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These are the workers you especially don’t want to lose (and how to get them to stay)

A marketing leader at Ingram Micro North America maintains that retention strategies aimed at stopping the bleed or keeping the top brass fail to grasp what’s at least as scary.

These are the workers you especially don’t want to lose (and how to get them to stay)
[Photo: Reza Estakhrian/Getty Images]

Everywhere you look, the specter of the Great Resignation looms large. Executives, navigating a business climate of profound transformation, are watching some of their most trusted employees abandon ship.

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Mostly, they’re keenly aware of the problem, of the record number of quits, and the long list of grievances cited by exiting workers: burnout, unequal work/life balance, a lack of growth opportunities, as well as lack of fair recognition.

And yet, as cognizant as most corporate leaders are, retention strategies aimed at stopping the bleed or keeping the top brass fail to grasp what’s at least as scary as a mass exodus or watching the office’s preeminent superstars depart. Rather, it’s the prospect of letting the organization’s more unsung heroes slip away. These uber-talented individuals escape attention even as they fuel success.

These silent stars are known (or not known) for being great observers and honest assessors, self-starters willing to pursue goals that are less visible, and for not actively seeking any acknowledgment. Still, they’re not totally indifferent to being constantly overlooked. And with 74% of employees feeling they deserve more recognition, it’s the silent stars who are the most easily forgotten at the highest price.

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As remote work only encourages the tendency to neglect silent stars, and the retention crisis shows no signs of easing, it’s become more critical than ever for managers to identify these individuals and to understand their needs and motivations. Moreover, in a labor market that’s shifting decidedly in favor of workers, actively seeking to give silent stars what they’re looking for becomes paramount.

Here’s a look at what organizations must do to retain these all-important contributors.

Identify your silent stars

Managers can’t wait on silent stars to reveal themselves. That’s because at the heart of teams everywhere there exist core members who don’t concern themselves with publicizing their wins, or by nature refrain from identifying themselves. Oftentimes these persons don’t seek to follow a conventional path up the company ladder. So it becomes imperative for team leaders to proactively search out these silent stars.

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There are a number of ways to actively unearth those flying beneath the radar. First, leaders can closely map and analyze their workers’ informal networks. A number of new tools allow managers to assess their team’s communications to find which employee others regularly go to for guidance. Your company’s hidden gems tend to act as informal leaders and influencers among their colleagues. They’re likely to stand out for the number of people they’re in contact with and for how quickly they respond to emails.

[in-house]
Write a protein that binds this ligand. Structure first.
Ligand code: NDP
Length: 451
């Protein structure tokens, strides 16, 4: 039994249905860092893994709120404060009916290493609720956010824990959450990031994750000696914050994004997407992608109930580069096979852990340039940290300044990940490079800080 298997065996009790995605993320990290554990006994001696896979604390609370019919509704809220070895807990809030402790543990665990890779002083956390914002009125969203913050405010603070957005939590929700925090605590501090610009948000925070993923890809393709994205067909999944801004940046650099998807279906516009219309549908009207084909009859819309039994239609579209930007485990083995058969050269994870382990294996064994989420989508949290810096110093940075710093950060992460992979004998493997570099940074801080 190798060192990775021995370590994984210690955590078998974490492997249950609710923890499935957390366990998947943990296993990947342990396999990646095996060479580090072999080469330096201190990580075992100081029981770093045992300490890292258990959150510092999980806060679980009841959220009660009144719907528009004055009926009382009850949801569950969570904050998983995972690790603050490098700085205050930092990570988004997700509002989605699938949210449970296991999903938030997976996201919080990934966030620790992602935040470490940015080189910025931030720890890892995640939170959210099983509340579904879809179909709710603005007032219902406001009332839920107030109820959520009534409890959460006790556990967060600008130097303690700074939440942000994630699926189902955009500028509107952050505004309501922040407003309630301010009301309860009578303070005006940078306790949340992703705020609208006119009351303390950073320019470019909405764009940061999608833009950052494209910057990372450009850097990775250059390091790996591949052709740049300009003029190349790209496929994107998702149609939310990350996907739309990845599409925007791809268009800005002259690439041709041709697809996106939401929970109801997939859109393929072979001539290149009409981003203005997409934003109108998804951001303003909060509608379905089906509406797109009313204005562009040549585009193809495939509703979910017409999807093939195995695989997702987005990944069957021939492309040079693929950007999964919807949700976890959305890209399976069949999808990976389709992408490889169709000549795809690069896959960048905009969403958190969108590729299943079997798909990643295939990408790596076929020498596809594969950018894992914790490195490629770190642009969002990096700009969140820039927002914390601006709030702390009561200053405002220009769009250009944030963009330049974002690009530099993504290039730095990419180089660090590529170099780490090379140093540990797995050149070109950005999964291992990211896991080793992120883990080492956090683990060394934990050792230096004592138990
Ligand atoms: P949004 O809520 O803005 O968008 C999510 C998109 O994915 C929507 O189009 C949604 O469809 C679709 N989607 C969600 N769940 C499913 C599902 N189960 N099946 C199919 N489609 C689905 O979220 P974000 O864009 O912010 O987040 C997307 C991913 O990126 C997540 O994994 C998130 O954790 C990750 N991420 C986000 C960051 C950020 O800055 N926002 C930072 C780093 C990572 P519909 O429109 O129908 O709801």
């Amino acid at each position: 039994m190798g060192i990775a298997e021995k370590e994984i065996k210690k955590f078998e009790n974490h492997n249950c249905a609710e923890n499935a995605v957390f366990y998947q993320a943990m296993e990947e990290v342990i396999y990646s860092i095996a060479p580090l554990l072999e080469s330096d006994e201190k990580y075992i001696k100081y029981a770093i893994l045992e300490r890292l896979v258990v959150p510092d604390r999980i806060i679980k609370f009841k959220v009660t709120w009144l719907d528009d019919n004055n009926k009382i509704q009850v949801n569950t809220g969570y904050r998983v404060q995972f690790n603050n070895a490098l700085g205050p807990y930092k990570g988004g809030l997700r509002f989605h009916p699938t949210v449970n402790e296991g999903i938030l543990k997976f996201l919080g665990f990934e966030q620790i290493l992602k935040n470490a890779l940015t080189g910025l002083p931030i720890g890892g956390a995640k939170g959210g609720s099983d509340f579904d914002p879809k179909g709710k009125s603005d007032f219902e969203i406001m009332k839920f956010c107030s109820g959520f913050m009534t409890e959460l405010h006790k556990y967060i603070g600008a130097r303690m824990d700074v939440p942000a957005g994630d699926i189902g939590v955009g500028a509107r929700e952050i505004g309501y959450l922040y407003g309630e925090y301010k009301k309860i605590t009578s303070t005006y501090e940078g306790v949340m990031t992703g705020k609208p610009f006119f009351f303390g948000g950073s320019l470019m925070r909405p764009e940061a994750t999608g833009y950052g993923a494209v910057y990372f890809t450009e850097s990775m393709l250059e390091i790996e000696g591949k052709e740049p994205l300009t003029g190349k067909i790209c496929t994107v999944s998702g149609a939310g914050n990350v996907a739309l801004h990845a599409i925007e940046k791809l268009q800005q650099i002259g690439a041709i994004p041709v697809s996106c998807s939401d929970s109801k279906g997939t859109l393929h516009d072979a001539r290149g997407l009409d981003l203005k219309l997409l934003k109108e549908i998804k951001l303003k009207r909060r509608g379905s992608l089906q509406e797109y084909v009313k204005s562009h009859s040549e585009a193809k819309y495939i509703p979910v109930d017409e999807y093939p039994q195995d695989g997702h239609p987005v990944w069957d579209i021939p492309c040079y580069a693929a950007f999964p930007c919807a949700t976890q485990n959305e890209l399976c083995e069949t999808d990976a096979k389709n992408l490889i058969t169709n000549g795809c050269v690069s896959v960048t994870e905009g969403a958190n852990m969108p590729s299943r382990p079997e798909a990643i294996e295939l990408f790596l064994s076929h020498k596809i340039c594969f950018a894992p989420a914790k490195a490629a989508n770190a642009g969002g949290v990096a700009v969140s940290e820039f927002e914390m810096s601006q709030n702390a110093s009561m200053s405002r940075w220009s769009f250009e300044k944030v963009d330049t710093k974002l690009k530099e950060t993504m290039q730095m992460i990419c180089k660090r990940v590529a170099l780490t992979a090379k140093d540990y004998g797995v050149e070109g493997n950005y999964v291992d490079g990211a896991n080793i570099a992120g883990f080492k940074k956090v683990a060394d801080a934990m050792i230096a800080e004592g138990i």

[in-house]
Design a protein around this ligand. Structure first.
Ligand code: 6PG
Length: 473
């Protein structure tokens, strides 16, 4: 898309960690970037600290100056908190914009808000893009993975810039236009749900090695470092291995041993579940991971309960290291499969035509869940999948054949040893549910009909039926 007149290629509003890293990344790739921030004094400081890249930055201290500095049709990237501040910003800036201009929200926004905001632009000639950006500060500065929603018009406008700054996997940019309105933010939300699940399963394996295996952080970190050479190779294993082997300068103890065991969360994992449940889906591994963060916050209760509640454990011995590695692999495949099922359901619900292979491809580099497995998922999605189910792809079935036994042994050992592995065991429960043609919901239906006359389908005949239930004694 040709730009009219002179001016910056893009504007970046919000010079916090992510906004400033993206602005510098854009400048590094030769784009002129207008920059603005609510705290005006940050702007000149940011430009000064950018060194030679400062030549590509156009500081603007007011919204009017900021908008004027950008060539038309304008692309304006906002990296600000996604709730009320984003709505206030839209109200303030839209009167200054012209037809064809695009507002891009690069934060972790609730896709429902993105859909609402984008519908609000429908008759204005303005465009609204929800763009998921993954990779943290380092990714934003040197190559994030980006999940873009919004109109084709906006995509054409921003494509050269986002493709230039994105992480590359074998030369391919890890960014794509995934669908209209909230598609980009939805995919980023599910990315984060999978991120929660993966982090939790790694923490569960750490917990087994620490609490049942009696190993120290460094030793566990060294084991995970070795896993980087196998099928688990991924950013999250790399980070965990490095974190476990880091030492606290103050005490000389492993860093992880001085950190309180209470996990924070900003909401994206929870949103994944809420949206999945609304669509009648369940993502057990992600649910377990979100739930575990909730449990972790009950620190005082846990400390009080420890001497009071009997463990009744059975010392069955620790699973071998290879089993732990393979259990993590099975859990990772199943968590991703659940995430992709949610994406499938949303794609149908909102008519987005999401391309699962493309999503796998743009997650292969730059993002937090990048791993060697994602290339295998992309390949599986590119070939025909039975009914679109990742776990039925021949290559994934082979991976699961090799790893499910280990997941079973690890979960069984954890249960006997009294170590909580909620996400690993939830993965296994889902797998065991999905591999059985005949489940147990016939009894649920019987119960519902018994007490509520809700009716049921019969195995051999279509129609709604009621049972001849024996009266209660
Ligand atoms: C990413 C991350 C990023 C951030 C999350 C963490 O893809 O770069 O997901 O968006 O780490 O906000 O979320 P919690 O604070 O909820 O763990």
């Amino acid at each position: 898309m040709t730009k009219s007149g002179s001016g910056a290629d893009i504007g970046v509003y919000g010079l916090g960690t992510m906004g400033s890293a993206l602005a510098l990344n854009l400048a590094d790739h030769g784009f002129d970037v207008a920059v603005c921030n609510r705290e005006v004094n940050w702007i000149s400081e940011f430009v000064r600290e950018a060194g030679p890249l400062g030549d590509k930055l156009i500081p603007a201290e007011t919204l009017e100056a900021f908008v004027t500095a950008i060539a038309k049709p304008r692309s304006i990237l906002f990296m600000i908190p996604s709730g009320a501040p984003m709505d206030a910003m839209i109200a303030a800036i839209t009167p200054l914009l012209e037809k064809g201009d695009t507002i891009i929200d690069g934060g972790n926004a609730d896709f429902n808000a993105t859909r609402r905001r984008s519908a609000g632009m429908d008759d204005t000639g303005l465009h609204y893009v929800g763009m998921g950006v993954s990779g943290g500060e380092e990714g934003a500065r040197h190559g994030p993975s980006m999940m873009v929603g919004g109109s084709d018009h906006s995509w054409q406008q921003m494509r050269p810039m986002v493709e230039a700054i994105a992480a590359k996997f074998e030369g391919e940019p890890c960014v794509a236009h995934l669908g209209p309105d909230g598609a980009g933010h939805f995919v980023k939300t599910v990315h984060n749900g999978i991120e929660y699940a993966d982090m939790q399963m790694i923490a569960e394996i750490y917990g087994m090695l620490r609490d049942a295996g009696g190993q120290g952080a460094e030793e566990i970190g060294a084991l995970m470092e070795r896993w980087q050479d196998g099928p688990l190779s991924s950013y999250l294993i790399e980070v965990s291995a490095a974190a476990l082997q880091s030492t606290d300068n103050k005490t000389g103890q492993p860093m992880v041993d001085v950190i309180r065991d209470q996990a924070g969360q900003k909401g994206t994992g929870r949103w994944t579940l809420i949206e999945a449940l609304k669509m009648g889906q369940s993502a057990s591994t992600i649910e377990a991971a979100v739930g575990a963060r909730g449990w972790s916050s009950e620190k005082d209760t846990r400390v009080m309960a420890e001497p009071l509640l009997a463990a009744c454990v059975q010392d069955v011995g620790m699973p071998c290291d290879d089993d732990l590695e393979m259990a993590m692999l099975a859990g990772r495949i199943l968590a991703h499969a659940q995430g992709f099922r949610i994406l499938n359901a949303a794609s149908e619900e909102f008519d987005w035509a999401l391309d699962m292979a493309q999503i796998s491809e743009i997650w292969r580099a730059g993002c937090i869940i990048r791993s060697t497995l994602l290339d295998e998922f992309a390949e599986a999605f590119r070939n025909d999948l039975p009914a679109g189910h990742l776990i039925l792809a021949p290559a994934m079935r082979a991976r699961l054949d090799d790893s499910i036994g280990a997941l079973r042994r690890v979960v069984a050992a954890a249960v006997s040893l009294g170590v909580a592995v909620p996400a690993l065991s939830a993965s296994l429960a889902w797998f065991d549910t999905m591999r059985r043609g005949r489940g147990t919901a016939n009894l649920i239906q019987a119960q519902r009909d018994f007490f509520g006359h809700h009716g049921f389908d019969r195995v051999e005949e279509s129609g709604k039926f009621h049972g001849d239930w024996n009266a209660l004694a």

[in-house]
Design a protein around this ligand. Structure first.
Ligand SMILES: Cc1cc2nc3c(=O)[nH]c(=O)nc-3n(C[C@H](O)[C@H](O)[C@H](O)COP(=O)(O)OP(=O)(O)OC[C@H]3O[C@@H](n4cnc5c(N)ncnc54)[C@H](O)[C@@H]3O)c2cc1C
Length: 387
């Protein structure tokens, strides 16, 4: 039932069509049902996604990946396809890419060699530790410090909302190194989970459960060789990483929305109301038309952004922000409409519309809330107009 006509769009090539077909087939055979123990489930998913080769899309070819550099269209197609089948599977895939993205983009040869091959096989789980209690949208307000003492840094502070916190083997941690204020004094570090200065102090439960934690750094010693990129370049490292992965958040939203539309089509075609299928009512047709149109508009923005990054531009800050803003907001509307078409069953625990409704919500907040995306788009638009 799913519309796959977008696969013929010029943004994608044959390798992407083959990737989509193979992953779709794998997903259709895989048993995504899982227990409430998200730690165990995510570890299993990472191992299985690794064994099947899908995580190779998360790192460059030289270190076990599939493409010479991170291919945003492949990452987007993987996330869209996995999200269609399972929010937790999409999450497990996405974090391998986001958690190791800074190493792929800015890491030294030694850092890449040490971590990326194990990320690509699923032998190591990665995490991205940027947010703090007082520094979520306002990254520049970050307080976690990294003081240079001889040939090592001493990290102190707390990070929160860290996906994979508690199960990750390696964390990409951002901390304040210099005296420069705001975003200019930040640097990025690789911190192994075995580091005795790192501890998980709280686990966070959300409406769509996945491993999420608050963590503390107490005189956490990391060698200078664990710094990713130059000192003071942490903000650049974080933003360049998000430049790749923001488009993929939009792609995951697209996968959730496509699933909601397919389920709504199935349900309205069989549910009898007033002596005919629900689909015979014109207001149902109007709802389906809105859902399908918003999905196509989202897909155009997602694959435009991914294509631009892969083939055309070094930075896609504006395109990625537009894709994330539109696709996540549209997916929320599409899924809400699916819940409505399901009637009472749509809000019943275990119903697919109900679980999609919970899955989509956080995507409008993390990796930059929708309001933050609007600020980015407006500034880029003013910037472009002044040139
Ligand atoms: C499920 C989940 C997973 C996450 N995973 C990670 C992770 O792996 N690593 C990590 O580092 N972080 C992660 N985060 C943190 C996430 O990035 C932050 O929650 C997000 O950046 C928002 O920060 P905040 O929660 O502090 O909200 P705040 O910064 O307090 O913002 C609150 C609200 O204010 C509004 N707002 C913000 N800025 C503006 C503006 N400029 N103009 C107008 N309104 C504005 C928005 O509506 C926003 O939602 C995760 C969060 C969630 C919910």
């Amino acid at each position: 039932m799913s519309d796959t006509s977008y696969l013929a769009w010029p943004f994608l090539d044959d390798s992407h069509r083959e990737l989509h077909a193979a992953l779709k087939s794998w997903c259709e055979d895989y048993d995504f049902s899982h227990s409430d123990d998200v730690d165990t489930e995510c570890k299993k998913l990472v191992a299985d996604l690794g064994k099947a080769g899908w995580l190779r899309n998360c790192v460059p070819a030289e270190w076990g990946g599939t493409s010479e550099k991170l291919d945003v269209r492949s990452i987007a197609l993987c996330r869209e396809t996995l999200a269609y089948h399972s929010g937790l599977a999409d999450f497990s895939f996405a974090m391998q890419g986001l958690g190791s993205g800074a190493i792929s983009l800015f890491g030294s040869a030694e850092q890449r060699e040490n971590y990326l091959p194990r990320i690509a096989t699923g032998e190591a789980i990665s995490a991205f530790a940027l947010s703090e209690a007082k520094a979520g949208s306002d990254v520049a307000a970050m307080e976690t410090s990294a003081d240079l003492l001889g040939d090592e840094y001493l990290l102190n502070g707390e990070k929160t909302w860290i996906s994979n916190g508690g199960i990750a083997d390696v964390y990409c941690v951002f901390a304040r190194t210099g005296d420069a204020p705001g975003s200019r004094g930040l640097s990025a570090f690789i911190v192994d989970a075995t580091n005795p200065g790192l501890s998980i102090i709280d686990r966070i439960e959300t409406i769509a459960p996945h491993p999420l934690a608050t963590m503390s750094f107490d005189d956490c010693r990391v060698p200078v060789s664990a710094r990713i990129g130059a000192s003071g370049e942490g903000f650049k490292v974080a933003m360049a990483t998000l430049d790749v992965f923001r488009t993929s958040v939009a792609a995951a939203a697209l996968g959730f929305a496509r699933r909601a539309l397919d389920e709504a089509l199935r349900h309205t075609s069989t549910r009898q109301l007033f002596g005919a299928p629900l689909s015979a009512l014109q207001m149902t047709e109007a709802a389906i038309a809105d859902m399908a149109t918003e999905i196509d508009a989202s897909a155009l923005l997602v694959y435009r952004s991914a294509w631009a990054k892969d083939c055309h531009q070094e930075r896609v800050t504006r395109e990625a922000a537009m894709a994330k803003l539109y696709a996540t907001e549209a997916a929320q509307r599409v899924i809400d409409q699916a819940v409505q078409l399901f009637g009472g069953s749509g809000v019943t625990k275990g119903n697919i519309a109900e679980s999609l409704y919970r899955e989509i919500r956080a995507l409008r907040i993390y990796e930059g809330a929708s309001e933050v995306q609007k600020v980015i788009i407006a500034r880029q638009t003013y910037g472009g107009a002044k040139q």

A crowdsourcing approach can also be very helpful. Managers should systematically speak with people across the organization, asking them to nominate peers who possess particular talents. The next step is to interview those team members who receive the most nominations, with an aim towards exploring these strengths and where they’re able to add value.

As you conduct your search, it’s important to take stock of what’s perhaps prevented you from noticing these low-profile overachievers. In other words, assess your biases in light of your findings. If you’ve interviewed 50 team members about who they trust and respect, cross-reference those numbers against the conclusions reached through your organization’s more conventional annual review scores.

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Ultimately, the objective is to search where you may have not searched before and to deploy different tactics in doing so. In digging you’ll not only find the silent stars but learn about particular blind spots in your own evaluation processes.

Get to know the quiet achievers

If you can identify your overlooked performers, the bridge to connect with, support, and retain them is built through honest conversation. If understanding your customer is important to you, knowing your silent stars’ needs, wants, and goals should be prioritized equally.

Once you spot particular team members, schedule monthly or quarterly conversations to ask about their current projects, show empathy and understanding, and above all ask lots of questions.